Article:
It was July 2014 when Eric Garner died after a violent struggle with New York City police on a Staten Island street, an encounter captured on video and replayed worldwide. When a local grand jury declined to indict any police officers, federal authorities announced in December 2014 that they would launch their own civil rights investigation.
Nearly four years later, no decision has been made on whether to file charges. “It’s a horror show,” said Jonathan C. Moore, the Garner family’s lawyer. “The family’s very frustrated.”
In November 2017, Bijan Ghaisar died after being shot by two U.S. Park Police officers in Fairfax County, Va., an episode also captured on video. The FBI and the Civil Rights Division of the Justice Department took over the case within three days. As the first anniversary of that killing approaches, the names of the officers and an explanation of their actions have been withheld by federal authorities. The Ghaisar family has not been told where the investigation stands.
“To wait like this is like being underwater and not being able to breathe,” said Kelly Ghaisar, Bijan Ghaisar’s mother. The family has pleaded with the Park Police and the Justice Department, held public demonstrations, and finally filed a lawsuit in search of answers to why Ghaisar, 25, was shot repeatedly in the head as he slowly steered his Jeep Grand Cherokee away from two officers. His family said he was not armed, and Fairfax County Police Chief Edwin C. Roessler Jr. confirmed this at a recent police chiefs’ conference in Orlando.
The anguish of the Garner and Ghaisar families over what they see as needlessly drawn-out investigations is common for those who think they or their families have been the victim of police brutality or other misconduct.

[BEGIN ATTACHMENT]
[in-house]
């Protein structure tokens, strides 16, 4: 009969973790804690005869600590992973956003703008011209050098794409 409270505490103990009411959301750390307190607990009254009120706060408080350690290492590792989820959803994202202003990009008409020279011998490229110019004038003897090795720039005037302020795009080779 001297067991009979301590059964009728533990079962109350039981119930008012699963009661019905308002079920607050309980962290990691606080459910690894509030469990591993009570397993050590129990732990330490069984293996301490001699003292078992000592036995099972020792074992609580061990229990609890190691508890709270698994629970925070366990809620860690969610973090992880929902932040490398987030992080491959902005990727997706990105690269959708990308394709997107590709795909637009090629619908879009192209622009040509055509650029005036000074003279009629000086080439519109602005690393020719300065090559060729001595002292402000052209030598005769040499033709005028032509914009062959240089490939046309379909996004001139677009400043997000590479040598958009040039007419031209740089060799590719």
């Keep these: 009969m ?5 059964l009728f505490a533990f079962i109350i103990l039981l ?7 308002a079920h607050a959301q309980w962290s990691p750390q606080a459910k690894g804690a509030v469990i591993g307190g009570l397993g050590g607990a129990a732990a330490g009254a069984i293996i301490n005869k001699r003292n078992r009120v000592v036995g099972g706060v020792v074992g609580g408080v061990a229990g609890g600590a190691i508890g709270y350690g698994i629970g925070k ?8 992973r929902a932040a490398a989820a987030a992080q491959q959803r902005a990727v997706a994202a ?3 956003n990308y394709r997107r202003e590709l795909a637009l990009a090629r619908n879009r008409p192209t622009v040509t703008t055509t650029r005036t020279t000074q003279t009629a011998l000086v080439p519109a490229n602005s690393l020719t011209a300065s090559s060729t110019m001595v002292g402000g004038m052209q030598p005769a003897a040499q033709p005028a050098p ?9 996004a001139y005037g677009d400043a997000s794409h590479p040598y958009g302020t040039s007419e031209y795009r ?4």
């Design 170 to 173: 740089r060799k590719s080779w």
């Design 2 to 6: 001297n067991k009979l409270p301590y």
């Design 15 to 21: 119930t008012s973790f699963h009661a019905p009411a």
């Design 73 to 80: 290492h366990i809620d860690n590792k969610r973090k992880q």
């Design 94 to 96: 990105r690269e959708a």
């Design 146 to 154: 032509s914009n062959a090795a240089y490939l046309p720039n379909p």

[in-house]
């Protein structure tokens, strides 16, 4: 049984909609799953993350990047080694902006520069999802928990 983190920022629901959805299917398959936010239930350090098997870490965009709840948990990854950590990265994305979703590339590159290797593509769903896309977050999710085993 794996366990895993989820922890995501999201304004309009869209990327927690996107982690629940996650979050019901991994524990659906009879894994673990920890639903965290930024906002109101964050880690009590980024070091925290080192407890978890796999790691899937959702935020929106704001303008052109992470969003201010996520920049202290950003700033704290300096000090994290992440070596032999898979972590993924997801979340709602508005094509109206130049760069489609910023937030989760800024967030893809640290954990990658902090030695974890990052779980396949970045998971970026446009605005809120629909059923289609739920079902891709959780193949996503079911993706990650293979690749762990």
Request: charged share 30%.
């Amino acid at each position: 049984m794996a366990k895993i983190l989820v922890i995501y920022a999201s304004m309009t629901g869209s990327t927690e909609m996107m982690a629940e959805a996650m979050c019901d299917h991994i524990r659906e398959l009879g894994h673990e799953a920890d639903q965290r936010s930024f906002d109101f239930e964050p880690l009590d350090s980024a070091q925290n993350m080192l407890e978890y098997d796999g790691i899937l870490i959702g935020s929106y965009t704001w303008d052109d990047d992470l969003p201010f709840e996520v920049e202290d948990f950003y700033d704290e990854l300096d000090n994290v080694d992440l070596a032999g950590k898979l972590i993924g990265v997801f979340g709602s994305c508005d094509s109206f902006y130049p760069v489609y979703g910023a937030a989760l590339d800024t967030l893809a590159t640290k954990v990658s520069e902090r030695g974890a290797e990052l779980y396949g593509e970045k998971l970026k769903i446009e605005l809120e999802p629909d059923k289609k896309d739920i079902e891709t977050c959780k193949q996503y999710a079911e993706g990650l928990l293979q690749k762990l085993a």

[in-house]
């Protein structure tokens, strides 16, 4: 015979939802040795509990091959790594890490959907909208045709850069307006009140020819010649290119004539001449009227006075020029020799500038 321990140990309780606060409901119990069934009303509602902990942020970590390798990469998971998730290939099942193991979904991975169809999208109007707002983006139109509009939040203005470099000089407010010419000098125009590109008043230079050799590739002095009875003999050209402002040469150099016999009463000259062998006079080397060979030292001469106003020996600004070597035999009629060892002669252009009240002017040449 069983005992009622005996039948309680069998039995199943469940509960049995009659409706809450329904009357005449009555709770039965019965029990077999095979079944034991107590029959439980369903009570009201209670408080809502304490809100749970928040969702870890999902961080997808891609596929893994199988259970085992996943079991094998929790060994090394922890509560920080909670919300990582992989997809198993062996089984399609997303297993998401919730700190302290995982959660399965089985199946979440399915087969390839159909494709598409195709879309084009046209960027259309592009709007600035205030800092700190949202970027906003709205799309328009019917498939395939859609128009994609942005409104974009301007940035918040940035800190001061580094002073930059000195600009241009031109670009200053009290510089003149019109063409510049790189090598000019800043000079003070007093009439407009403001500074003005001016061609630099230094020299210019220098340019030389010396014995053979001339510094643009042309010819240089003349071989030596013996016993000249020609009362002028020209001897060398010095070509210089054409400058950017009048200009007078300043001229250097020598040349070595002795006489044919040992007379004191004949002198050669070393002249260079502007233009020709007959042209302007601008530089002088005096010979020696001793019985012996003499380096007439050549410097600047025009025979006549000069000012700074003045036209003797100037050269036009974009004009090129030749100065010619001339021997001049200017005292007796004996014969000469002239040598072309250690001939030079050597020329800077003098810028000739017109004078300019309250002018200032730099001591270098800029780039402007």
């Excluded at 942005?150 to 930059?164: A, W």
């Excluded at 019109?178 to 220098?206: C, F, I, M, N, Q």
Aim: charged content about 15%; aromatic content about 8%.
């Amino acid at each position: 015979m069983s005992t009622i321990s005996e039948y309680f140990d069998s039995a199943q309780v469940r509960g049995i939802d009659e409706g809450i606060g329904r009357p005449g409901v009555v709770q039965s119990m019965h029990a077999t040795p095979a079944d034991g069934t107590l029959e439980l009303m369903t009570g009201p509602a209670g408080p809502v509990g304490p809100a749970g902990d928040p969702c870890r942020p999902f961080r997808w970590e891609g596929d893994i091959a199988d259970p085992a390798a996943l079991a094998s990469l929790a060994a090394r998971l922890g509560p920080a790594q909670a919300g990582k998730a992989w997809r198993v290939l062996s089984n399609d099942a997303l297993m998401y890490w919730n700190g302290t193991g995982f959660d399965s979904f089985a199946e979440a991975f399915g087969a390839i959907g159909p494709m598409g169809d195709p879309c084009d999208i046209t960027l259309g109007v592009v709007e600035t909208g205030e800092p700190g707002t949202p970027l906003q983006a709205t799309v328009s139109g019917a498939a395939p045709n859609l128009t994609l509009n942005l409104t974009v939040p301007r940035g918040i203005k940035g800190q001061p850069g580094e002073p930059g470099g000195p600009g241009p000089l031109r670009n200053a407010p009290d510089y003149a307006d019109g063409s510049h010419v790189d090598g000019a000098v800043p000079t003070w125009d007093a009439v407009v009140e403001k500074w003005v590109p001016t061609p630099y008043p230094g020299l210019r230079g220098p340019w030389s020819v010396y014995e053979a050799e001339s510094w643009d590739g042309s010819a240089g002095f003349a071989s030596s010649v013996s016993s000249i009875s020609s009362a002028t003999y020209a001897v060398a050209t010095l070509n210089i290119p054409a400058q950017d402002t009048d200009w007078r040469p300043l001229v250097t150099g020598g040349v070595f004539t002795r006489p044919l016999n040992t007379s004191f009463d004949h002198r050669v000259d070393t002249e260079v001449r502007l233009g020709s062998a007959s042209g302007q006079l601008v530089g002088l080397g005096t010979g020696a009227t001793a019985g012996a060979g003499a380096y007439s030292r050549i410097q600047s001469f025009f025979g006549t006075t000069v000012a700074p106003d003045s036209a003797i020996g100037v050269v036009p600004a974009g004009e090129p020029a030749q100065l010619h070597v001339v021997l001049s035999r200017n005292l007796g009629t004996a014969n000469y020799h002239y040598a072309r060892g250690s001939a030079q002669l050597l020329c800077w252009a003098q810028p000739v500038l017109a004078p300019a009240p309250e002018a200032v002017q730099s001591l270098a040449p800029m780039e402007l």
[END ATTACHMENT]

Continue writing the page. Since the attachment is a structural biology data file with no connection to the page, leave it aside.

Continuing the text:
Justice Department investigations into sworn law enforcement officers — police, jail guards and sheriff’s deputies — often take years. An examination by The Washington Post of more than 50 recent civil rights cases filed by federal prosecutors against such officers found an average of slightly more than three years elapsed from the day of the event to the day that charges were filed. The cases were all the subject of Justice Department news releases in the past year announcing either charges or a conviction in a federal prosecution of civil rights violations “under color of law.”
Those are only the cases with charges filed. A study of more than 13,000 misconduct cases submitted to the Justice Department over 20 years, conducted by the Pittsburgh Tribune-Review in 2016, found that no charges were filed in 96 percent of them.
A cumbersome process within the Justice Department for seeking charges and the high legal standard for prosecuting law enforcement officers contribute to the slow pace. In addition, law enforcement officers are sometimes reluctant to testify against colleagues, and jurors can be reluctant to convict them.